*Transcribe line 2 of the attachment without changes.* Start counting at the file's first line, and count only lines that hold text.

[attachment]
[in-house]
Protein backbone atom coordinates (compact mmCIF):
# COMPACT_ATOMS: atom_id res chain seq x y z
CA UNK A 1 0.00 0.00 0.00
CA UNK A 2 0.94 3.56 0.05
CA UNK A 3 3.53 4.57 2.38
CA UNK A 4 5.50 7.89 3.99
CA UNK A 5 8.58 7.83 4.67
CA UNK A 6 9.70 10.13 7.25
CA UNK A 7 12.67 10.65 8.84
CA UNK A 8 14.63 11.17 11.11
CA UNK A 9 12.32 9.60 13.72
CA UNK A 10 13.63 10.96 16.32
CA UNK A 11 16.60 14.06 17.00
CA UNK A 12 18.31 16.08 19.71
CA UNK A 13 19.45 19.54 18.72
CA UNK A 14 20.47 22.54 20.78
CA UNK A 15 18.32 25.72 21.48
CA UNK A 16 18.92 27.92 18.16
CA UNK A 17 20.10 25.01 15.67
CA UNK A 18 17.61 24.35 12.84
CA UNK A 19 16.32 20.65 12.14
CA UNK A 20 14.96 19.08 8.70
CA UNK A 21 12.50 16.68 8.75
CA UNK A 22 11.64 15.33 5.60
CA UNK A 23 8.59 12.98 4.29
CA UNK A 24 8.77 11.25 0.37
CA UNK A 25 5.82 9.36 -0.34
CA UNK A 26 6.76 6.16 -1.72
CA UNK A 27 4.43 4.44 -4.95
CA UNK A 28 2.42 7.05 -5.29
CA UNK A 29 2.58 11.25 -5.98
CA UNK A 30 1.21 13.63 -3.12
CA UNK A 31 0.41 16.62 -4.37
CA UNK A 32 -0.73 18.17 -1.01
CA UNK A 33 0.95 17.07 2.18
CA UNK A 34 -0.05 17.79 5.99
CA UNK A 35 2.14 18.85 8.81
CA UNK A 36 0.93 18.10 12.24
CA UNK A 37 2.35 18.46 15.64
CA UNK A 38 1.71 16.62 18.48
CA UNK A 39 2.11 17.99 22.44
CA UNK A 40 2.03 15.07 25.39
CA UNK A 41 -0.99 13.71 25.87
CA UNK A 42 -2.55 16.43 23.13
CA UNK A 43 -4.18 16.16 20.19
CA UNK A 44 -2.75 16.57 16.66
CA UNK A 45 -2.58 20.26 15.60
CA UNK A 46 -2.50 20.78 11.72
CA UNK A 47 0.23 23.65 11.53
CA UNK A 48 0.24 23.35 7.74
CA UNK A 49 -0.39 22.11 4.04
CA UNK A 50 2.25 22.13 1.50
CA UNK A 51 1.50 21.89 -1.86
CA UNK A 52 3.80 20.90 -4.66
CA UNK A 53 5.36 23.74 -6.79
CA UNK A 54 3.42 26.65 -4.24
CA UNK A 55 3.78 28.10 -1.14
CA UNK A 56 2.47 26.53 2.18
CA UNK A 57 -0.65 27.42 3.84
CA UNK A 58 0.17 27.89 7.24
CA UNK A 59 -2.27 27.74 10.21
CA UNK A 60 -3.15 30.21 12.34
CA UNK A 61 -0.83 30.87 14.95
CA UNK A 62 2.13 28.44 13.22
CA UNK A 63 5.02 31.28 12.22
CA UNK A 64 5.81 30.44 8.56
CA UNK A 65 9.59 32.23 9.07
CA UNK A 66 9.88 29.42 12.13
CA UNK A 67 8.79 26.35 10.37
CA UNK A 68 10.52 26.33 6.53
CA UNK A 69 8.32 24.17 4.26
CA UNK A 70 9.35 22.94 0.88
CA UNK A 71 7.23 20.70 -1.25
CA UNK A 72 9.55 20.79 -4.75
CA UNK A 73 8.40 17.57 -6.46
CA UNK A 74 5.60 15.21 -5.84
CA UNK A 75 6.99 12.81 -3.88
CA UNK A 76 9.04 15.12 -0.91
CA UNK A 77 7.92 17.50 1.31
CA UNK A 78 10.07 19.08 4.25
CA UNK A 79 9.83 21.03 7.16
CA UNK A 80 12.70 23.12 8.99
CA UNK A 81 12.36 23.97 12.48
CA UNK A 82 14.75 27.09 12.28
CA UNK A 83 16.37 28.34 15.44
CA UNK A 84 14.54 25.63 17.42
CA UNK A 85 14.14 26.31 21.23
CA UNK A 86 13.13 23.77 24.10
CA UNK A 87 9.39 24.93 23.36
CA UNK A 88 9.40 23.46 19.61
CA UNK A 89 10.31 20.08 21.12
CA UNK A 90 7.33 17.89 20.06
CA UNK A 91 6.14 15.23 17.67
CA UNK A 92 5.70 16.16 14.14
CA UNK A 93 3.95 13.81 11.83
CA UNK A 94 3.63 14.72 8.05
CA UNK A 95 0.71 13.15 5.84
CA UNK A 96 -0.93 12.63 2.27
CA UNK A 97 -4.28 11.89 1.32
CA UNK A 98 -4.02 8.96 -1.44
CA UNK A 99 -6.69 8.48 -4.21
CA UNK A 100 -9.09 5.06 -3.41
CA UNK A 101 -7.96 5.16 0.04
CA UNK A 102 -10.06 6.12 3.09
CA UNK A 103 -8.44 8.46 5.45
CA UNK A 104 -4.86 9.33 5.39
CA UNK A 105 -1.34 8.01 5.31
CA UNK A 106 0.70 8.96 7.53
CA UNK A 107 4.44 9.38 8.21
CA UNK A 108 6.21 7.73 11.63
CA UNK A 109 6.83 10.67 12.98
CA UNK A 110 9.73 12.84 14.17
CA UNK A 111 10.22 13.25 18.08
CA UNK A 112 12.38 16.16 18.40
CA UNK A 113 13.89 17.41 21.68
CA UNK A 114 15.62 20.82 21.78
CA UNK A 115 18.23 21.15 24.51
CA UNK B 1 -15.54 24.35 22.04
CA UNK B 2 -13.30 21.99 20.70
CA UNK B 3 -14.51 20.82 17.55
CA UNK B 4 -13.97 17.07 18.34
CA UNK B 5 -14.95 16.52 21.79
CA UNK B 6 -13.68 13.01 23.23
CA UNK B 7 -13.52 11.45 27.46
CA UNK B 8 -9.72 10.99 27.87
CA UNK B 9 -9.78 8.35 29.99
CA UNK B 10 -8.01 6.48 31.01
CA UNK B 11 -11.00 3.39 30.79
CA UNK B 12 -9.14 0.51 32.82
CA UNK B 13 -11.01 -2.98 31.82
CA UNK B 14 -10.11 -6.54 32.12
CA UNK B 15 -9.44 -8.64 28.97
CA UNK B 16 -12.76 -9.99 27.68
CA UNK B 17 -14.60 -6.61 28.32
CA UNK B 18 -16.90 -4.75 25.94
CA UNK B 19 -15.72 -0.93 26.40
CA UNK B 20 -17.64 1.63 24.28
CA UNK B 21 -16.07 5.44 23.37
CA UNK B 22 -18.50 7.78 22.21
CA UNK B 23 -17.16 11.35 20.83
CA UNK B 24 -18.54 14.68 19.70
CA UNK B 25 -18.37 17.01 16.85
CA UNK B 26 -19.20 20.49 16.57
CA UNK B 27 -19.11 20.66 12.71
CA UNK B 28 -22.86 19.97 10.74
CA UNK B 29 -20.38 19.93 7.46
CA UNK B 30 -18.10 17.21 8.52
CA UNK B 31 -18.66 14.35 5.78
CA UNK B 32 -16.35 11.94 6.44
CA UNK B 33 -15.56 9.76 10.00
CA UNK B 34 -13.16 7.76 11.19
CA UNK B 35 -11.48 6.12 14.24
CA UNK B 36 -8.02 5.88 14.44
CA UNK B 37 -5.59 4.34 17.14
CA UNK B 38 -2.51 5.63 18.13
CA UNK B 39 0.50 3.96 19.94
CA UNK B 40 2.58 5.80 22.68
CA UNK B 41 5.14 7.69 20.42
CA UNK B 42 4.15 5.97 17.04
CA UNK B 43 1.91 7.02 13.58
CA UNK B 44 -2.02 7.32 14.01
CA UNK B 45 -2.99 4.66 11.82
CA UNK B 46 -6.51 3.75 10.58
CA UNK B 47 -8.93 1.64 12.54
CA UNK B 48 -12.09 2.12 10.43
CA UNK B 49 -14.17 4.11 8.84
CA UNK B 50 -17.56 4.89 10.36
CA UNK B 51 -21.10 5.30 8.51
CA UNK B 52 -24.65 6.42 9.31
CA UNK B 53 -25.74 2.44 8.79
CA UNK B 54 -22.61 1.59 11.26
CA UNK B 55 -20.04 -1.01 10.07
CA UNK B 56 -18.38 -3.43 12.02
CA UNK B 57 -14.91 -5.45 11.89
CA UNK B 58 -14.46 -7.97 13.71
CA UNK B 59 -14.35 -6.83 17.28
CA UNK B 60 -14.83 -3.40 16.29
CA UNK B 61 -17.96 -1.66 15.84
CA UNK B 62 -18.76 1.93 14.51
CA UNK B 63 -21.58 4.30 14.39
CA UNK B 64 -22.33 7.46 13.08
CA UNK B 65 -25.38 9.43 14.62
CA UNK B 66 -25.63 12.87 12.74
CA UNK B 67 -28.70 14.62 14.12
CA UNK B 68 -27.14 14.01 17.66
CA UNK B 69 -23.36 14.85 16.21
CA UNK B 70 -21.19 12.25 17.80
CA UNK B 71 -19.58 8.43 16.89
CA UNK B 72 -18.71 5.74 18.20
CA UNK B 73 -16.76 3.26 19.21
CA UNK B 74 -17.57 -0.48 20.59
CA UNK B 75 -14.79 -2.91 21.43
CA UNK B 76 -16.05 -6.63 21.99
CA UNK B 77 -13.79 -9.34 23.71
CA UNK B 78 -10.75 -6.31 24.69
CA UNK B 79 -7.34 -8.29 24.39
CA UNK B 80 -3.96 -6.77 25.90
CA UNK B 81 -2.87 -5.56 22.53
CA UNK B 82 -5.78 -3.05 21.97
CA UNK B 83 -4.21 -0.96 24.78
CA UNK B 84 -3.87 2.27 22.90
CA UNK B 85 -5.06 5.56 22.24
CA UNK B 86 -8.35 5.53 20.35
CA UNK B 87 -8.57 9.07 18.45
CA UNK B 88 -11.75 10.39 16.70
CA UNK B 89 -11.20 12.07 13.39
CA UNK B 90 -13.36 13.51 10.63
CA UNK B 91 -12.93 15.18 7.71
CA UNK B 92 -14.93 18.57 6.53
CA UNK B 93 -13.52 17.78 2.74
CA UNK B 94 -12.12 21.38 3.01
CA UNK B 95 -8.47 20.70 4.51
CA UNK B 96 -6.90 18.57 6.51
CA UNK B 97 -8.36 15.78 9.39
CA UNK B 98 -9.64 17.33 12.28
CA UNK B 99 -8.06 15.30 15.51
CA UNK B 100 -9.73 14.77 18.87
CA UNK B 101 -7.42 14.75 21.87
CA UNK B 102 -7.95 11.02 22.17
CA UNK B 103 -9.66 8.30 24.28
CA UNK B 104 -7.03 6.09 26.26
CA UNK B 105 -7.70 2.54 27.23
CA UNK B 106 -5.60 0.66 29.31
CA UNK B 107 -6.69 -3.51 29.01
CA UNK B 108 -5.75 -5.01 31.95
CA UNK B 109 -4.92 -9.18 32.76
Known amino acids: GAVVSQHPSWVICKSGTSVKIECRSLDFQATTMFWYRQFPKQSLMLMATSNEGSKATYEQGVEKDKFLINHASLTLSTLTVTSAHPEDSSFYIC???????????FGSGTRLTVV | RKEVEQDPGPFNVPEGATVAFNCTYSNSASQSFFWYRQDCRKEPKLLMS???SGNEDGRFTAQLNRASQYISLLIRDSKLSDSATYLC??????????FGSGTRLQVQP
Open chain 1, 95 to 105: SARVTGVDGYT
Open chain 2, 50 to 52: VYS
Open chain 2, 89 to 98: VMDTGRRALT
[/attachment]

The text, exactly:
Protein backbone atom coordinates (compact mmCIF):